How empirical uncertainties influence the stability of climate coalitions
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International climate agreements are negotiated in the face of uncertainties concerning the costs and benefits of abatement and in the presence of incentives for free-riding. Numerical climate coalition models provide estimates of the challenges affecting cooperation, but often resort to assuming certainty with respect to the values of model parameters. We study the impact of uncertainty on the stability of coalitions in the Model of International Climate Agreements using the technique of Monte Carlo analysis. We extend the existing literature by (1) calibrating parametric uncertainty about damages and abatement costs to estimates from meta-studies and by (2) explicitly considering uncertainty in the curvature of the damage function. We find that stability is more sensitive to uncertainty in damages than in abatement costs and most sensitive to uncertainty about the regional distribution of damages. Our calculations suggest that heterogeneity can increase stability of coalitions; however, this depends on the availability of transfers.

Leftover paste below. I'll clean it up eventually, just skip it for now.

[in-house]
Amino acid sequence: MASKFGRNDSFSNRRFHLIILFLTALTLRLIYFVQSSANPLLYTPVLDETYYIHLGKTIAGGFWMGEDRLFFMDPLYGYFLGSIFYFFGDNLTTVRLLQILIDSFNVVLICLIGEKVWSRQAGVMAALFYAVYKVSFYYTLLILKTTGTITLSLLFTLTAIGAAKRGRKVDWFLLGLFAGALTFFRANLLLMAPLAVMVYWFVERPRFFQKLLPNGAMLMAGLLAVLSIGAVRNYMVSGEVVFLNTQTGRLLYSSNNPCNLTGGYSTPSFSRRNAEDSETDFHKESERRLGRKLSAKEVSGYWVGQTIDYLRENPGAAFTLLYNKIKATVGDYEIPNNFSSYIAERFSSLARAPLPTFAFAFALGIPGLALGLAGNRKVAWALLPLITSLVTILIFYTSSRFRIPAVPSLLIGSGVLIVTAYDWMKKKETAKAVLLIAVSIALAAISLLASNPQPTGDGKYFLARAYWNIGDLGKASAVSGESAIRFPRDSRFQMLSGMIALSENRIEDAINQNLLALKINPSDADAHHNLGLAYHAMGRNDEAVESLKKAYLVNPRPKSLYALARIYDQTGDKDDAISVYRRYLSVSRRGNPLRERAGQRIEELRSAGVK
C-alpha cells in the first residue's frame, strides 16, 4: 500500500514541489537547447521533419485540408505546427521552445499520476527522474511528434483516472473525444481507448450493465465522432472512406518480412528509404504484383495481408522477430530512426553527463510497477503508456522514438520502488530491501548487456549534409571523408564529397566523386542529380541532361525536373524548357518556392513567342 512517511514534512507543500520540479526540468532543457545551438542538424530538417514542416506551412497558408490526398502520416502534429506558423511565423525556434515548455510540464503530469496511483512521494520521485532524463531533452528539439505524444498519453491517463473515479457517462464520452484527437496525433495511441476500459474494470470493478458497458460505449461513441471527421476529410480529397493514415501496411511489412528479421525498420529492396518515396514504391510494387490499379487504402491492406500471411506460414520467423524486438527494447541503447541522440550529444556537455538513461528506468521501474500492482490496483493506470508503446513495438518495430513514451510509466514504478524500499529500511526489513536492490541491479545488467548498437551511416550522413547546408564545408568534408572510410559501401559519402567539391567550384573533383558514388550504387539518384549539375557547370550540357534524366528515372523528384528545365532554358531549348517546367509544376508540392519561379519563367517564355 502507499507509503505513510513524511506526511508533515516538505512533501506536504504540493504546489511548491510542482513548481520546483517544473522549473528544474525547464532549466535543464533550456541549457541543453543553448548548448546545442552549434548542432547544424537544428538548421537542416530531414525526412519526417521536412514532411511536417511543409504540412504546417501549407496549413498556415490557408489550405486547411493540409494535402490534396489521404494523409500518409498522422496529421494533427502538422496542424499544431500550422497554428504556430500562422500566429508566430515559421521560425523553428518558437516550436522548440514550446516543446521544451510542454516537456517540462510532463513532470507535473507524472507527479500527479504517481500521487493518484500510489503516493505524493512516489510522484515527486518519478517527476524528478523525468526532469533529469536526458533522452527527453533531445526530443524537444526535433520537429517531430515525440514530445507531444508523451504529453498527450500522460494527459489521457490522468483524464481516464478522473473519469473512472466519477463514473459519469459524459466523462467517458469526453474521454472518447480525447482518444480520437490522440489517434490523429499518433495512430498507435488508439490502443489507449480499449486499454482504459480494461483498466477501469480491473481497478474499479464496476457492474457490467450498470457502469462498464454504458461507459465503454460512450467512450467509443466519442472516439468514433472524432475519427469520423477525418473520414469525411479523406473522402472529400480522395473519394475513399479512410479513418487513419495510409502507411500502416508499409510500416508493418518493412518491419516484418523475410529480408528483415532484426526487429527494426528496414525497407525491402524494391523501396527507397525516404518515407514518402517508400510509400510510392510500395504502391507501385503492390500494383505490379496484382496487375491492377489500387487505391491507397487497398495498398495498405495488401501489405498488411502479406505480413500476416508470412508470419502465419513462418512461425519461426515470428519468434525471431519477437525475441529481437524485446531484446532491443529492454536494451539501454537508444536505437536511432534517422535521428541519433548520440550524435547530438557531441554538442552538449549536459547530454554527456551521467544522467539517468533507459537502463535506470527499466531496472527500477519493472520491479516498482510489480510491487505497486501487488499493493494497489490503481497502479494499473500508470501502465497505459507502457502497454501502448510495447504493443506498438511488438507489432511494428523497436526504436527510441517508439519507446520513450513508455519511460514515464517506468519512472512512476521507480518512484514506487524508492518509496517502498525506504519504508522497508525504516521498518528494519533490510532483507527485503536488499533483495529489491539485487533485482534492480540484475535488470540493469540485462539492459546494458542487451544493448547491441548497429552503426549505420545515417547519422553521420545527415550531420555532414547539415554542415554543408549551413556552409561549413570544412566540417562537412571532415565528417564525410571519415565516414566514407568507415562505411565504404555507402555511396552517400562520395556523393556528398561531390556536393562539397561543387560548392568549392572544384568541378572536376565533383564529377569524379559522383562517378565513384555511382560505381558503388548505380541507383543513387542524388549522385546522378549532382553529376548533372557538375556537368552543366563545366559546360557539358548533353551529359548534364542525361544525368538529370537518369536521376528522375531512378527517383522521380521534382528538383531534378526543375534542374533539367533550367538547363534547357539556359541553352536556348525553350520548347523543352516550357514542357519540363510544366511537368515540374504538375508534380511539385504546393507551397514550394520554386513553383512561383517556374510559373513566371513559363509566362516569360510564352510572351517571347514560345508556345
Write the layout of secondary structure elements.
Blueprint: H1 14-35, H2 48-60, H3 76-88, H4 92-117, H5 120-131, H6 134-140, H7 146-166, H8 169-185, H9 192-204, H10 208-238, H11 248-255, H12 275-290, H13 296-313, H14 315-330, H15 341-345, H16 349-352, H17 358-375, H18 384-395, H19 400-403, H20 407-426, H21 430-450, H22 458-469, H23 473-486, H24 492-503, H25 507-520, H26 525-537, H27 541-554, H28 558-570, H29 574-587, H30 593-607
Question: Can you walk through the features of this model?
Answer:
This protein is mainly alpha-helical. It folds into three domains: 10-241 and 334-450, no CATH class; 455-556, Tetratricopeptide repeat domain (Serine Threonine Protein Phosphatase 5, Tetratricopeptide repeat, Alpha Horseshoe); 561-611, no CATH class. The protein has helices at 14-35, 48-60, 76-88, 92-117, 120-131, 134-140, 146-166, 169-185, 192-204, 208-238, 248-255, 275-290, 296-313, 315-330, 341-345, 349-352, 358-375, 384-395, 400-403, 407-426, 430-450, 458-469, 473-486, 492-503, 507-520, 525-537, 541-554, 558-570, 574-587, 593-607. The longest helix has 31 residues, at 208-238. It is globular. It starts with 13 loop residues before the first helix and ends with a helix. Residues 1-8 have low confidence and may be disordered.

KeywordsInternational environmental agreements Climate coalition formation Uncertainty Monte Carlo analysis Numerical modelling
JEL ClassificationC72 D80 H87 Q54
We thank Achim Hagen, Andrew Halliday as well as conference participants at ICP 2015, EAERE 2016 and especially two anonymous reviewers for helpful comments on earlier drafts of this paper.
Compliance with ethical standards
Conflict of interest
The authors declare that they have no conflict of interest.
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